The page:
calloc, malloc, free, realloc - Allocate and free dynamic
void *calloc(size_t nmemb, size_t size));
void *malloc(size_t size));
void free(void *ptr));
void *realloc(void *ptr, size_t size));
calloc() allocates memory for an array of nmemb elements of
size bytes each and returns a pointer to the allocated
memory. The memory is set to zero.
malloc() allocates size bytes and returns a pointer to the
allocated memory. The memory is not cleared.
free() frees the memory space pointed to by ptr, which must
have been returned by a previous call to malloc(), calloc()
or realloc(). Otherwise, or if free(ptr)) has already been
called before, undefined behaviour occurs. If ptr is NULL,
no operation is performed.
realloc() changes the size of the memory block pointed to by
ptr to size bytes. The contents will be unchanged to the
minimum of the old and new sizes; newly allocated memory
will be uninitialized. If ptr is NULL, the call is
equivalent to malloc(size); if size is equal to zero, the
call is equivalent to free(ptr)). Unless ptr is NULL, it
must have been returned by an earlier call to malloc(), cal-
loc() or realloc().
For calloc() and malloc(), the value returned is a pointer
to the allocated memory, which is suitably aligned for any
kind of variable, or NULL if the request fails.
free() returns no value.
realloc() returns a pointer to the newly allocated memory,
which is suitably aligned for any kind of variable and may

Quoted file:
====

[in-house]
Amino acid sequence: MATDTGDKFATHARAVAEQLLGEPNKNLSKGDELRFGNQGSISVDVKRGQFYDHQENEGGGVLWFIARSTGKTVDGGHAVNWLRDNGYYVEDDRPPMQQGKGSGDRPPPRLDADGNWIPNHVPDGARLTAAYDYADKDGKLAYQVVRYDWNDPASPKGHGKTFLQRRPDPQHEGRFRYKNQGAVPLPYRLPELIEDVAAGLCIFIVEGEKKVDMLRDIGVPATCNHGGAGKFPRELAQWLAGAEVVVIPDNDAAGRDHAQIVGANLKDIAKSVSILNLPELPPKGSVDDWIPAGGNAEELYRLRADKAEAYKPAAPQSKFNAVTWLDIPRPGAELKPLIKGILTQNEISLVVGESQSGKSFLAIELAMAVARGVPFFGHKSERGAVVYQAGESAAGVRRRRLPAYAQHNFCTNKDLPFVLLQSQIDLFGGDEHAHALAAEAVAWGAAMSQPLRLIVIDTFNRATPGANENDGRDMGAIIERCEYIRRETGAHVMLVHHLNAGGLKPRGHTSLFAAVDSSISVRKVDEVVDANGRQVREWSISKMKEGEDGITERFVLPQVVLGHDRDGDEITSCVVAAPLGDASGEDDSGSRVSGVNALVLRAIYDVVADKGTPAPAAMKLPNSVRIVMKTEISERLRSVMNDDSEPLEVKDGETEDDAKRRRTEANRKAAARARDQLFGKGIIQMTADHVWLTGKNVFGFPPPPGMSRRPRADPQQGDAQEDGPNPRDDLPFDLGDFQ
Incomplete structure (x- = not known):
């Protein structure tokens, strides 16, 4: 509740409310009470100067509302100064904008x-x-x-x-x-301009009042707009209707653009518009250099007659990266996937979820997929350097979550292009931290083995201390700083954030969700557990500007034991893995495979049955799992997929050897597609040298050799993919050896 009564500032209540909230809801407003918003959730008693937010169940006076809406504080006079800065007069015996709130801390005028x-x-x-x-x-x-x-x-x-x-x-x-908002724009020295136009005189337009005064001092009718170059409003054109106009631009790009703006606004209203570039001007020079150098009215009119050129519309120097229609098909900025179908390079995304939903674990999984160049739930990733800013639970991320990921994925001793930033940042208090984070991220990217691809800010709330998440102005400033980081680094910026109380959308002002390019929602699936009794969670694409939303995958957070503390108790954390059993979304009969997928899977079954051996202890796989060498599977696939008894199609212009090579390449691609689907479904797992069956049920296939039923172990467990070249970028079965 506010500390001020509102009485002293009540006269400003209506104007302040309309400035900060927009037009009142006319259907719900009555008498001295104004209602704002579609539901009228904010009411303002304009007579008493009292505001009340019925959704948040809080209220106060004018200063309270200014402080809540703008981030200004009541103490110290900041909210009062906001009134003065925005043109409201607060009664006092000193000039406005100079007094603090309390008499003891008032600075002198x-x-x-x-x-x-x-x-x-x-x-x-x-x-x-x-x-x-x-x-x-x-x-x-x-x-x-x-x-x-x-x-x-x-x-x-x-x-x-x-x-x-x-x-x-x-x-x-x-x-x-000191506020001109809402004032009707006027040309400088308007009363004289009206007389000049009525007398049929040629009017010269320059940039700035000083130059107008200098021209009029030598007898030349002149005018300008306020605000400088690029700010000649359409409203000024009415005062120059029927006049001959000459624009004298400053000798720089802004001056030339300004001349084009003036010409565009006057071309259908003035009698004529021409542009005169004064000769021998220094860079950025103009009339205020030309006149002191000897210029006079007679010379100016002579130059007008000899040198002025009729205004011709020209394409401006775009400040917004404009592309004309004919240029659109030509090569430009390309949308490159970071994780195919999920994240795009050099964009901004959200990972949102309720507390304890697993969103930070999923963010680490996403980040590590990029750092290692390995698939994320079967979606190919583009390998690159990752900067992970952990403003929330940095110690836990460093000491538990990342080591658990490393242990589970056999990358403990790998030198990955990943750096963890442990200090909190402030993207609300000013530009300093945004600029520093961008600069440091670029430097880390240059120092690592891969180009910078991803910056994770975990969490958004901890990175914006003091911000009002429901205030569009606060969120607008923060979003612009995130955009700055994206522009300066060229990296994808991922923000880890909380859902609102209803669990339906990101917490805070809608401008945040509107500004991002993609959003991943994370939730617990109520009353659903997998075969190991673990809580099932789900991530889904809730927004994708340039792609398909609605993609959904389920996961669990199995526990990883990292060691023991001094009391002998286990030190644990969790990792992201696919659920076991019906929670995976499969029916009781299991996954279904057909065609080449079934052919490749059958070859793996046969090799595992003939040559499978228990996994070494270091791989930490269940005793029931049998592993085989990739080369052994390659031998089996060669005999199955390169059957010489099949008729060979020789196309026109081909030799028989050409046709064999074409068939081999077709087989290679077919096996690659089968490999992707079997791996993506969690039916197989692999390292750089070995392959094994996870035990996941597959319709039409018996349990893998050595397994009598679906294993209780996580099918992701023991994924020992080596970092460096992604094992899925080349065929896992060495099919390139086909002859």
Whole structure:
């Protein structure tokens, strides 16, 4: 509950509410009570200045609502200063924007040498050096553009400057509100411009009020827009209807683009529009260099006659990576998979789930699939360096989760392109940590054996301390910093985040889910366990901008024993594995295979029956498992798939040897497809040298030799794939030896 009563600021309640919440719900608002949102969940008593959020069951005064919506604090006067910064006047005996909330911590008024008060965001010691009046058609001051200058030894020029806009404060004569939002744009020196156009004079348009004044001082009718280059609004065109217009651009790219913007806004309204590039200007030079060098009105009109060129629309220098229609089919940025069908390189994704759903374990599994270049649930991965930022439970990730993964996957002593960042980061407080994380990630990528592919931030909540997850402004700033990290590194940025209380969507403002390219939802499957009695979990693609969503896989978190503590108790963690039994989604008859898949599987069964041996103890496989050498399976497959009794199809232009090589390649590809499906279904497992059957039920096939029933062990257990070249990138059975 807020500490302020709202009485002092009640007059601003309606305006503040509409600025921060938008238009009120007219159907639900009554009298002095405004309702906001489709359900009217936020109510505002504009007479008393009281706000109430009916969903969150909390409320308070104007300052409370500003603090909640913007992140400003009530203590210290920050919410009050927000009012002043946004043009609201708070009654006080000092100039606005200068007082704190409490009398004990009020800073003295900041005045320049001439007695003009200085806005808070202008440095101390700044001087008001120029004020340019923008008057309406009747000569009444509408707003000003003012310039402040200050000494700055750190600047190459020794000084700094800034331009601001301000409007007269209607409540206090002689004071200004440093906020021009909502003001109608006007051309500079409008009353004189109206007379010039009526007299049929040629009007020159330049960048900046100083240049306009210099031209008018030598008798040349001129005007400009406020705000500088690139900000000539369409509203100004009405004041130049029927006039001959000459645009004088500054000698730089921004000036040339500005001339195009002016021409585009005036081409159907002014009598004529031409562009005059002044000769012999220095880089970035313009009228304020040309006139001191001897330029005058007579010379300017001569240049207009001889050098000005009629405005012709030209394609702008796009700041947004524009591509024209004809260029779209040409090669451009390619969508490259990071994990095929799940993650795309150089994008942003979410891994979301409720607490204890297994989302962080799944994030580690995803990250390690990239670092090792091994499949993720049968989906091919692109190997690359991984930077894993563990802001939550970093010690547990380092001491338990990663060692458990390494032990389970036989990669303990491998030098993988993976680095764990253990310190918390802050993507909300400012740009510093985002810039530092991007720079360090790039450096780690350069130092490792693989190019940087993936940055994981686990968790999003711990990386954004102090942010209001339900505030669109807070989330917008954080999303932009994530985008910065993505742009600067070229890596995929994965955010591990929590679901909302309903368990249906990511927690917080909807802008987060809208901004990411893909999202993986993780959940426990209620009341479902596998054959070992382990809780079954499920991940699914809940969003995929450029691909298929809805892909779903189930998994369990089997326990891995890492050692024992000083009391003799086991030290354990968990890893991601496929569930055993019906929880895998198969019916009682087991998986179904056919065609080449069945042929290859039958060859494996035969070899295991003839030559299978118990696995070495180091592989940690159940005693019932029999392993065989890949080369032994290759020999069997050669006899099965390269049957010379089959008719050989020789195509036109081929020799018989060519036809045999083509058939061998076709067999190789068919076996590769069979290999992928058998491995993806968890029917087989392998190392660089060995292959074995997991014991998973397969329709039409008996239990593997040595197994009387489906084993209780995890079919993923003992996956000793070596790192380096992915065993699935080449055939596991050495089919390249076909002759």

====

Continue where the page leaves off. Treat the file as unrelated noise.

be different from ptr, or NULL if the request fails or if
size was equal to 0. If realloc() fails the original block
is left untouched - it is not freed or moved.
The Unix98 standard requires malloc(), calloc(), and real-
loc() to set errno to ENOMEM upon failure. Glibc assumes
that this is done (and the glibc versions of these routines
do this); if you use a private malloc implementation that
does not set errno, then certain library routines may fail
without having a reason in errno.
Crashes in malloc(), free() or realloc() are almost always
related to heap corruption, such as overflowing an allocated
chunk or freeing the same pointer twice.
Recent versions of Linux libc (later than 5.4.23) and GNU
libc (2.x) include a malloc implementation which is tunable
via environment variables. When MALLOC_CHECK_ is set, a
special (less efficient) implementation is used which is
designed to be tolerant against simple errors, such as dou-
ble calls of free() with the same argument, or overruns of a
single byte (off-by-one bugs). Not all such errors can be
proteced against, however, and memory leaks can result. If
MALLOC_CHECK_ is set to 0, any detected heap corruption is
silently ignored; if set to 1, a diagnostic is printed on
stderr; if set to 2, abort() is called immediately. This
can be useful because otherwise a crash may happen much
later, and the true cause for the problem is then very hard
to track down.